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In Conversation With Marc Pollick

Ranjani Saigal

After graduating from the University of Chicago, Pollick pursued his doctoral studies in Holocaust Studies at Boston University under the direction of Professor Elie Wiesel, 1986 Nobel Peace Prize Laureate. In 1982, Pollick was appointed Founding Executive Director of the Zachor Institute for Holocaust Studies in Miami, Florida. One year later, he created and hosted the cable television series, “We Remember.” He also served as the Assistant Director of the Center for Jewish Studies at Harvard University, and founded The Elie Wiesel Institute for Humanitarian Studies. 

Working with Wiesel, Pollick came to appreciate the unique power and opportunity inherent in leveraging celebrity and wealth on behalf of philanthropy. He formulated the idea for an organization that would work with celebrities to use their fame for the common good, and in 1997 established The Giving Back Fund (GBF) to provide philanthropic management and consulting to professional athletes and entertainers. Because of its unique focus on athletes and celebrities, GBF has expanded and diversified philanthropy in important ways, creating new donor pools that are often underrepresented in traditional philanthropy, such as people of color, women, and youth. GBF has managed the foundations of more than 200 high-profile clients, from sports legends including Yao Ming, Roy Halladay, Ben Roethlisberger, and Doug Flutie, to entertainment stars Britney Spears, Justin Timberlake, and Maria Bello. Through GBF, such foundations have granted more than $40 million to charities around the world by leveraging the power of celebrity to achieve social good. While GBF has special expertise in the area of celebrity philanthropy, it has branched out in recent years to provide philanthropic consulting and management to high-net worth individuals of all backgrounds, business entrepreneurs and corporations.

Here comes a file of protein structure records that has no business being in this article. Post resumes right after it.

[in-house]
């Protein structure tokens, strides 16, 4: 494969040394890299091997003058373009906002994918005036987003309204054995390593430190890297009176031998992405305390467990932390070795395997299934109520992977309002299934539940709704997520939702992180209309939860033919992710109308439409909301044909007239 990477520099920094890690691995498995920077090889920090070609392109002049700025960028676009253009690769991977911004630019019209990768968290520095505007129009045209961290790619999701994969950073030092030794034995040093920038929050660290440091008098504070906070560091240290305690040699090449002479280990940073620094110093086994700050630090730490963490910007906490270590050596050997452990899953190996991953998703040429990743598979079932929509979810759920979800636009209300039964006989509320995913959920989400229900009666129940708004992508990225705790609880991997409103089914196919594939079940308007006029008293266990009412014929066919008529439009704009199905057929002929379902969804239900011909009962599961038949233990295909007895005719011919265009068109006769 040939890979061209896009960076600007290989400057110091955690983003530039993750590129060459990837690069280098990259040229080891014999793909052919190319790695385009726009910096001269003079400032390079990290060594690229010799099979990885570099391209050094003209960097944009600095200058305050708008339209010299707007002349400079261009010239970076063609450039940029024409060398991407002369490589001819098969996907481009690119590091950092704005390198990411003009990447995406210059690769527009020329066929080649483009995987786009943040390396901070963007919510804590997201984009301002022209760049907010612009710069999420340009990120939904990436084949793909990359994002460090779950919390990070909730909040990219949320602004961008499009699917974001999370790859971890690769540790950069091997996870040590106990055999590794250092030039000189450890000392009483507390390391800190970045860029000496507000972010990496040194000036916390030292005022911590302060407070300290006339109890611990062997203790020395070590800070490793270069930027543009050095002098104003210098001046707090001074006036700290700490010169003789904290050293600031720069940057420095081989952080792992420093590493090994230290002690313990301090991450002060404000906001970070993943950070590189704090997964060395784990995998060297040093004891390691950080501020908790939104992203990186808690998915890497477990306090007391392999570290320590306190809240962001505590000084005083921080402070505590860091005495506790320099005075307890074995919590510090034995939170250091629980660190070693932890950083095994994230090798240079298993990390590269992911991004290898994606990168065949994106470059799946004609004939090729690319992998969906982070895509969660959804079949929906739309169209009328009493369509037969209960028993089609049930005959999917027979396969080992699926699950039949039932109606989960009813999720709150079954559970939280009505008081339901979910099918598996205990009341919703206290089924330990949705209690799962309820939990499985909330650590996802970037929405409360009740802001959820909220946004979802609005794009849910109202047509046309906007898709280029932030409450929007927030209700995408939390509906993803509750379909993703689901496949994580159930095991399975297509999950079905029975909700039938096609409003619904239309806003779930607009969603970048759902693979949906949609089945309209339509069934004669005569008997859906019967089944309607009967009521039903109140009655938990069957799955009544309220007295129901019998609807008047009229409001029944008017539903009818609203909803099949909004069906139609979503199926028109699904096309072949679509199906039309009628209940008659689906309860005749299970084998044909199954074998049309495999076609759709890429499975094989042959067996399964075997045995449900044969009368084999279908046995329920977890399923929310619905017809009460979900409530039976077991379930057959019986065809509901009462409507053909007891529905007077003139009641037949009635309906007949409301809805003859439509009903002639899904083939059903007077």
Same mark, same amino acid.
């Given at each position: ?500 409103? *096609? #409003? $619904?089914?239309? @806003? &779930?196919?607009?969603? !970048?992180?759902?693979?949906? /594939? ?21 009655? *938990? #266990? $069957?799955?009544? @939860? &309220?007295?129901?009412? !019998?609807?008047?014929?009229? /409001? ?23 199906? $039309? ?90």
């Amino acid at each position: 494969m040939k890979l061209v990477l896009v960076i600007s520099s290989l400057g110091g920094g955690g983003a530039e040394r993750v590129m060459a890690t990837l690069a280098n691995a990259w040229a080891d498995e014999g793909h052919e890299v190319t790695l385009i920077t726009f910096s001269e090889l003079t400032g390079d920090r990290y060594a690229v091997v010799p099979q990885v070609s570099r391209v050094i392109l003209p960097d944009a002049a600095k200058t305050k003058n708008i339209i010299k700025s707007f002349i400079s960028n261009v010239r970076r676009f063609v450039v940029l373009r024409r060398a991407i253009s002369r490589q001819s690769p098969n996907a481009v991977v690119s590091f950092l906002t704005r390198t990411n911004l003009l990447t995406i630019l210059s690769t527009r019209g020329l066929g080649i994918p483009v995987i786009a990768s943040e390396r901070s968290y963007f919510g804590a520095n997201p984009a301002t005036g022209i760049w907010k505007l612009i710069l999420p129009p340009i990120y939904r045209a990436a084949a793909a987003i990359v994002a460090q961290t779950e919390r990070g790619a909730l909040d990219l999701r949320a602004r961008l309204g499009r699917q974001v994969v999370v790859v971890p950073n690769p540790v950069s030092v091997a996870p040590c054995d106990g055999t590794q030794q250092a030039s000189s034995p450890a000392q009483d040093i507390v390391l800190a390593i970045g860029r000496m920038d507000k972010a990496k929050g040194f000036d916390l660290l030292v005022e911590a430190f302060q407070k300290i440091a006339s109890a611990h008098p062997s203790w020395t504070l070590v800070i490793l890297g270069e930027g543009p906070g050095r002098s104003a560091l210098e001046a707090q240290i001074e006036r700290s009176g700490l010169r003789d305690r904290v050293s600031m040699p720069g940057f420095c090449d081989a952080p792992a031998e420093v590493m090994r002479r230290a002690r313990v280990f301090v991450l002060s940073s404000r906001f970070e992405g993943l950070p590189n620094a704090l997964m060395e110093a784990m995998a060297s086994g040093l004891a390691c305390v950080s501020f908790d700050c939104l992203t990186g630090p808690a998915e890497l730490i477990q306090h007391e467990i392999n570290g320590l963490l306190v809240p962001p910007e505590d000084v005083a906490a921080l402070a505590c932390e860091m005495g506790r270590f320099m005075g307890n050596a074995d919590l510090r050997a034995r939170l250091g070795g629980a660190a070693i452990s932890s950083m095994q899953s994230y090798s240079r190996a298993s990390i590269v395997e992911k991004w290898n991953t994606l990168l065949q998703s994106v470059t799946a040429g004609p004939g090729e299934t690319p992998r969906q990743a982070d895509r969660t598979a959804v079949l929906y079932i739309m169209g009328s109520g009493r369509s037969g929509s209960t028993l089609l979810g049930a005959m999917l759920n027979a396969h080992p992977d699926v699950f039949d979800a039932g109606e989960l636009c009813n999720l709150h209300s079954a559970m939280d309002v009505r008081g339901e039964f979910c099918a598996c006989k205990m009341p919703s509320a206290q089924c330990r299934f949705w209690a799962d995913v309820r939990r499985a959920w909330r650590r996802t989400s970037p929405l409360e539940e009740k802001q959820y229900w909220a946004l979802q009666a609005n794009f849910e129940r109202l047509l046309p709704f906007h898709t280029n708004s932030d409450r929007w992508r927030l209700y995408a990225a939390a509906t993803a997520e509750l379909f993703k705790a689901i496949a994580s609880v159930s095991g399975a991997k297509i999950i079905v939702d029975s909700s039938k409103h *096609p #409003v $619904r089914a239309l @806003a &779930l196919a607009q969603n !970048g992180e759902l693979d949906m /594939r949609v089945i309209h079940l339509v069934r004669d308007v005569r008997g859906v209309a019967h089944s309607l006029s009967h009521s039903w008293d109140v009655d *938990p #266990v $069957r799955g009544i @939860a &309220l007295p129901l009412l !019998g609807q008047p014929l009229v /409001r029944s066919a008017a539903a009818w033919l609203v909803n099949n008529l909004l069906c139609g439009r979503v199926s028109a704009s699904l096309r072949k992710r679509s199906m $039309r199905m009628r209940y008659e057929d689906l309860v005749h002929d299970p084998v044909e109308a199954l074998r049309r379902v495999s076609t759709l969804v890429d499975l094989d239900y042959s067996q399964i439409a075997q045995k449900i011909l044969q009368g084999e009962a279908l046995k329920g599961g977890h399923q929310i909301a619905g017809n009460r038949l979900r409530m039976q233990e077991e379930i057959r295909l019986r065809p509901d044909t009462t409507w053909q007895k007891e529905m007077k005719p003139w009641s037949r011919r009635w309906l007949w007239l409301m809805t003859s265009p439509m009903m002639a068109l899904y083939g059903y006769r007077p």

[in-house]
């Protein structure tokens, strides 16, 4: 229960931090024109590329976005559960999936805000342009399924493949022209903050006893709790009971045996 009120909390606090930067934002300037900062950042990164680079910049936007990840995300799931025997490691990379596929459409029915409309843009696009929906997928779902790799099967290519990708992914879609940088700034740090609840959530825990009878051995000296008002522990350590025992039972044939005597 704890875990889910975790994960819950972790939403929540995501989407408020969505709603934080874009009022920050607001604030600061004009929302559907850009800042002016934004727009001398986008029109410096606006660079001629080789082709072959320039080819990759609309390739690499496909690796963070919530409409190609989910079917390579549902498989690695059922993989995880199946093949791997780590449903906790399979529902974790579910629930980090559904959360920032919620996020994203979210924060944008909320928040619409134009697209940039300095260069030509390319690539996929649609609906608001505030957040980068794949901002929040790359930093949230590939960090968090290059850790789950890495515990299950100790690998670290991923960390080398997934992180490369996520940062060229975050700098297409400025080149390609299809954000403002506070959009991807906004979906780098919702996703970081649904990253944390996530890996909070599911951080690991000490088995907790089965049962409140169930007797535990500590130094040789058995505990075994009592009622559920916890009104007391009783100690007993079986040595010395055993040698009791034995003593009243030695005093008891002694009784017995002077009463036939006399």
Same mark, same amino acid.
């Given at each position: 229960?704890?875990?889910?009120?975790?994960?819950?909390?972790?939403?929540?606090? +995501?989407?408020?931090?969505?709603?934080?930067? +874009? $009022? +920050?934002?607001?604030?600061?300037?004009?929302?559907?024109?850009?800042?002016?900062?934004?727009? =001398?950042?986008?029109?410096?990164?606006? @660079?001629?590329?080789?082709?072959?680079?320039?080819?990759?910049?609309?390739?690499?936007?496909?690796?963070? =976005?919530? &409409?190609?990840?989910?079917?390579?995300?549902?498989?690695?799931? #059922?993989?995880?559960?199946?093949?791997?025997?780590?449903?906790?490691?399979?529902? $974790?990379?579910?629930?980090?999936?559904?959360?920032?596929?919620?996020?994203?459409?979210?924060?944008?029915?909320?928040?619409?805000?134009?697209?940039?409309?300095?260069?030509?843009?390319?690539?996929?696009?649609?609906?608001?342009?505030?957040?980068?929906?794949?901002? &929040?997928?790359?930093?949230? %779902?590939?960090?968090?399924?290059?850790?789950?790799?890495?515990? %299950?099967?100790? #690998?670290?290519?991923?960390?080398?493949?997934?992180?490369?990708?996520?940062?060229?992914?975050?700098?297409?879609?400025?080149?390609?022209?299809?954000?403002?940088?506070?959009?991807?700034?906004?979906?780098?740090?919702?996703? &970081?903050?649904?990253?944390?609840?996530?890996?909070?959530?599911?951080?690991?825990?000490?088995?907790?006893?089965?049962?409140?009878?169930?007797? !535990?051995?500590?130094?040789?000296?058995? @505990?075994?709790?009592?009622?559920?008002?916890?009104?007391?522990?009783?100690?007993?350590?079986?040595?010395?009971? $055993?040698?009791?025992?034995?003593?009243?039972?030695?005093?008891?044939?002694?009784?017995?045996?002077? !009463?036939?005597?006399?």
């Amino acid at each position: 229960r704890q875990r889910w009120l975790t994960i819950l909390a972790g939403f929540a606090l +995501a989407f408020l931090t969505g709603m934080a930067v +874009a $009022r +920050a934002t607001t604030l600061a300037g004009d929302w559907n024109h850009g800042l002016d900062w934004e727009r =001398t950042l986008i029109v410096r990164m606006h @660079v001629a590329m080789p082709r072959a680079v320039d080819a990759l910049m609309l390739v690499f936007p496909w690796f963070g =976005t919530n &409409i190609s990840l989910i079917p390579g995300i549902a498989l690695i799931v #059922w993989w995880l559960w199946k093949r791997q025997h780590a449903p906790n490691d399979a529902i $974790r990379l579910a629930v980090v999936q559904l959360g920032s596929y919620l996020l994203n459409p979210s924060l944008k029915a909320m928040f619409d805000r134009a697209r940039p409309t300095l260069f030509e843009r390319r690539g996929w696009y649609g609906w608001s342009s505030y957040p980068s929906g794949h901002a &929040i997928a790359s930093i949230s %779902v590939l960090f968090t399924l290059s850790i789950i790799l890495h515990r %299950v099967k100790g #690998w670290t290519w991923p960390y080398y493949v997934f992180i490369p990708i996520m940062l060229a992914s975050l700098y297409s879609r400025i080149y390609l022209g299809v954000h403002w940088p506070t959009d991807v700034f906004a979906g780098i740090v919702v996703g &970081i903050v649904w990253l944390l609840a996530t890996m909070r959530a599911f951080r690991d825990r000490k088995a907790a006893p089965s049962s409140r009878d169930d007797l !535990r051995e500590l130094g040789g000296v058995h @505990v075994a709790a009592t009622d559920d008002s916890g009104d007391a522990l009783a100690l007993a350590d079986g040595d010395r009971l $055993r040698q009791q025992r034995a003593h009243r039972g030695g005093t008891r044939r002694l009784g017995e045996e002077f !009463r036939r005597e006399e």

Mr. Pollick was recently recognized for his achievements as a recipient of the University of Chicago Alumni Award for Public Service. Upon receiving the award, he commented: “For me, the University of Chicago was not just a college. It was the impetus for a radical shift in my life’s direction. Every assumption I had prior to arriving in Hyde Park was challenged—from what is important in life, to what constitutes an educated person. As an undergraduate, I discovered role models who would become lifelong heroes—in the persons of Jonathan Kozol, Jesse Owens (who tutored me in the long jump!), Rabbi Harold Kushner, and Elie Wiesel. I learned not only how to think, but how to employ that thought process to produce significant actions. I vividly remember coming to college as a freshman knowing that I wanted to change the world but not having a clue where to start. Without a doubt, the relationships I developed at UC and the influences I absorbed have directly equipped and enabled me to fulfill my freshman goal of wanting to make the world a bit better. I was profoundly altered by my UC education—in the classroom, on the athletic field, and in the dorms. The Giving Back Fund is the professional manifestation of that treasured experience.” Mr. Pollick contributes frequently to major periodicals on the topic of philanthropy and writes a regular column on sports philanthropy for Street and Smith’s Sports Business Journal. 

Why did you decide to pursue a teaching career in Holocaust Studies? 
I went into Holocaust Studies to try tomake the world a better place. I thought if you taught people about the worst that human beings could do, then they would want to do the opposite.  

What made you change your career and go into philanthropy?